Anita was born and raised in India. She found her calling in nursing and completed her Bachelor of Science in Nursing in 1999 from Manipal Academy of Higher Education in Karnataka, India. Anita worked in a neonatal intensive care unit and also taught nursing students at the same college she graduated from. After marrying in 2001, Anita moved to Shimla, India, and began working in medical-surgical nursing. After her first child was born, Anita decided to apply to work abroad.
In June 2004, Anita and her family moved to Harlow, Essex, United Kingdom. Anita took employment at Princess Alexandra Hospital where she worked for 12 years in medical, surgical and orthopaedic nursing.
Anita moved to Broomfield Hospital in Chelmsford, Essex, United Kingdom, where she worked on another orthopaedic nursing unit. She briefly worked in the intensive care unit but went back to orthopaedics. Anita said, “I went wherever the nursing need was. I remained flexible and willing to serve.”
O’Grady Peyton International contacted Anita in 2018 and asked if she would be interested in working in the U.S. as a nurse. Anita answered with a resounding yes.
In February 2020, O’Grady Peyton International recognized Anita with its 2019 Customer Service Award.
How does nursing in the U.S. compare to other countries you’ve practiced in?
“I find the concept of nursing to be pretty universal with a few differences in standards of practice. The nurse to patient ratio is one of the biggest differences I see. In the U.K. the ratio could be up to one nurse for 16 patients.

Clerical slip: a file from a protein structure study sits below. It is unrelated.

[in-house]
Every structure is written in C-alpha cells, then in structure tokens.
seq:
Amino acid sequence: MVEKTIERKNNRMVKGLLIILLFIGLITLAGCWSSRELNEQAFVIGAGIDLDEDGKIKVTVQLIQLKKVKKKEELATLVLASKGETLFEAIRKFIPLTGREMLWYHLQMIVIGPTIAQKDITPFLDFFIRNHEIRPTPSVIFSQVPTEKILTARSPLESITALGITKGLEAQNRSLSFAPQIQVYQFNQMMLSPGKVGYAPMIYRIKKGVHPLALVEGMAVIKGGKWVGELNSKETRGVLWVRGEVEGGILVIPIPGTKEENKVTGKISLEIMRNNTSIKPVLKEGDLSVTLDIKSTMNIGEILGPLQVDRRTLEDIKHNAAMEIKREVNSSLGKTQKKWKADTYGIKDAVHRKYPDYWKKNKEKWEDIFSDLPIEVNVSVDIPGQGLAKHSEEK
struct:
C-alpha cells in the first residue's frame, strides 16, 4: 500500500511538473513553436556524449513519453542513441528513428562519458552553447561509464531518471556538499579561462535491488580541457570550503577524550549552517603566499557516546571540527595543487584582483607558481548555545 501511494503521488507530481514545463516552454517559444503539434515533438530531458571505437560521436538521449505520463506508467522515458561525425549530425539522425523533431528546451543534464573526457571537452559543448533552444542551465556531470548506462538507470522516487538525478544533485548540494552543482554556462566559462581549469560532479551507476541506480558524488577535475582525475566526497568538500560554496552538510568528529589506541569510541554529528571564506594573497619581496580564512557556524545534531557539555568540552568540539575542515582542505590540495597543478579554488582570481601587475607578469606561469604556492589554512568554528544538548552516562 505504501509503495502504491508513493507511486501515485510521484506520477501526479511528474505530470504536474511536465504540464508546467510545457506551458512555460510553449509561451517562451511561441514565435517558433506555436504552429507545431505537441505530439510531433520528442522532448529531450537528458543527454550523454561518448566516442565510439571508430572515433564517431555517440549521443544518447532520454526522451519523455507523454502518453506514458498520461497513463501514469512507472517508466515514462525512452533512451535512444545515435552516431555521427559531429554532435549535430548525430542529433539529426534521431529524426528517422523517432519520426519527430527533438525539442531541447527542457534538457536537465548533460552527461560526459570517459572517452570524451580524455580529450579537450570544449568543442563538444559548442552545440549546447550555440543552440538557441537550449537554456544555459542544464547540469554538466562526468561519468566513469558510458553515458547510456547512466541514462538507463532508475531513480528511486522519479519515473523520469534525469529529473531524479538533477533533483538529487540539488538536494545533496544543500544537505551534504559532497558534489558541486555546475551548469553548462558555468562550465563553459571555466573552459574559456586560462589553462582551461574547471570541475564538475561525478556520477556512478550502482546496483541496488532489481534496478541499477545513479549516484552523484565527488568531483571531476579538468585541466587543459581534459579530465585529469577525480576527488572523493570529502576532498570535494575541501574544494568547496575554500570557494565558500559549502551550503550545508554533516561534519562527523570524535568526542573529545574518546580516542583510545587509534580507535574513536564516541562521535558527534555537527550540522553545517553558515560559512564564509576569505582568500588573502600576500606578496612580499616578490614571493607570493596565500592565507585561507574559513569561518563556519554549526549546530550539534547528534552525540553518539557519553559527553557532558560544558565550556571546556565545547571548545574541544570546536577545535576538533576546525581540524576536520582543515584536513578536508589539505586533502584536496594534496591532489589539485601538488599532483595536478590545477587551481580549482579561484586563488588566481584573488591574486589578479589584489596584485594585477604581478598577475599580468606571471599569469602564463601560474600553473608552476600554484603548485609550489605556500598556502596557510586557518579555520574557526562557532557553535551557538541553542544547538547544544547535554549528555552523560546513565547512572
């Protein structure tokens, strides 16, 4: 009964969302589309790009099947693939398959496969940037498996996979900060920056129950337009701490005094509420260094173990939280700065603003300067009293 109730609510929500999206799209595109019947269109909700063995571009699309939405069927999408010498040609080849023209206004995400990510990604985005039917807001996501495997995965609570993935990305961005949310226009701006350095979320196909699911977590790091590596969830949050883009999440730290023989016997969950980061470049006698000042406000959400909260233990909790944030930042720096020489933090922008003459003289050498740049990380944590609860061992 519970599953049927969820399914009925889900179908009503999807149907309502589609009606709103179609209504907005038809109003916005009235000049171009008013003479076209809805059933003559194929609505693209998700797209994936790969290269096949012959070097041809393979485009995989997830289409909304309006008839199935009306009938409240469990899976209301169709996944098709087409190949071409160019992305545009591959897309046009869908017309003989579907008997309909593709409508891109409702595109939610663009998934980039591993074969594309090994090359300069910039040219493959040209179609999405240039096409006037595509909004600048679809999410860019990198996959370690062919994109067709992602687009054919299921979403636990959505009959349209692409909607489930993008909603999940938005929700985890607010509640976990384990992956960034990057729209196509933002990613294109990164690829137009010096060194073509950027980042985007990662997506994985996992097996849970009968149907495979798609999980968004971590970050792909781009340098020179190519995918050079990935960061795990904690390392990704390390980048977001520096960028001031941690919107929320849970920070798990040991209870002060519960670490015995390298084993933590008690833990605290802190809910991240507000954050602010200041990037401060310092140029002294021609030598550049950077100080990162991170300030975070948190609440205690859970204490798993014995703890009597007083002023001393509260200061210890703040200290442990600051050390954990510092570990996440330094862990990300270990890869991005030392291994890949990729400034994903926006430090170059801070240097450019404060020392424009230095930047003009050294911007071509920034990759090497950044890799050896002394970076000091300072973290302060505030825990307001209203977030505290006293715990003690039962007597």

“The documentation systems are quite different. In the U.K., documentation of care and medications are all still on paper. In the U.S. everything is done electronically which I find faster and safer. I now know why they made me take those computer exams prior to coming to work here!
“I am also finding that I have more independence in my practice than in other countries. I am collaborating more with physicians and other health care professionals which increases confidence and practice.
“I also love the teamwork here. Even when the job is tough, the team works together. It gives me great joy and even if I make a difference in one person’s life, I am happy.”
How was the support when you arrived in the U.S. to work as a nurse?
“I was initially very nervous about starting but on the first day I met Dennis Harris, Jr., MSN, MA Ed, RN-BC, NE-BC, my new nurse manager, and Kendall Scott, MSN, RN-BC, NPD-BC, my new nurse educator. I immediately felt good and well supported. They were so kind from the beginning. I also have great colleagues at ChristianaCare that make it so much easier.”
What is something that really stood out to you about nursing in the U.S.?
“In coming to the U.S. I have realized the importance of nurse practitioners and all advanced practice registered nurses. We have a nurse practitioner on our unit, Vani Ramdoss, MSN, APRN, FNP-BC, RN-BC, who has been an exceptional influence for me and my practice. Vani encourages and supports us to improve our practice so the patients are safer.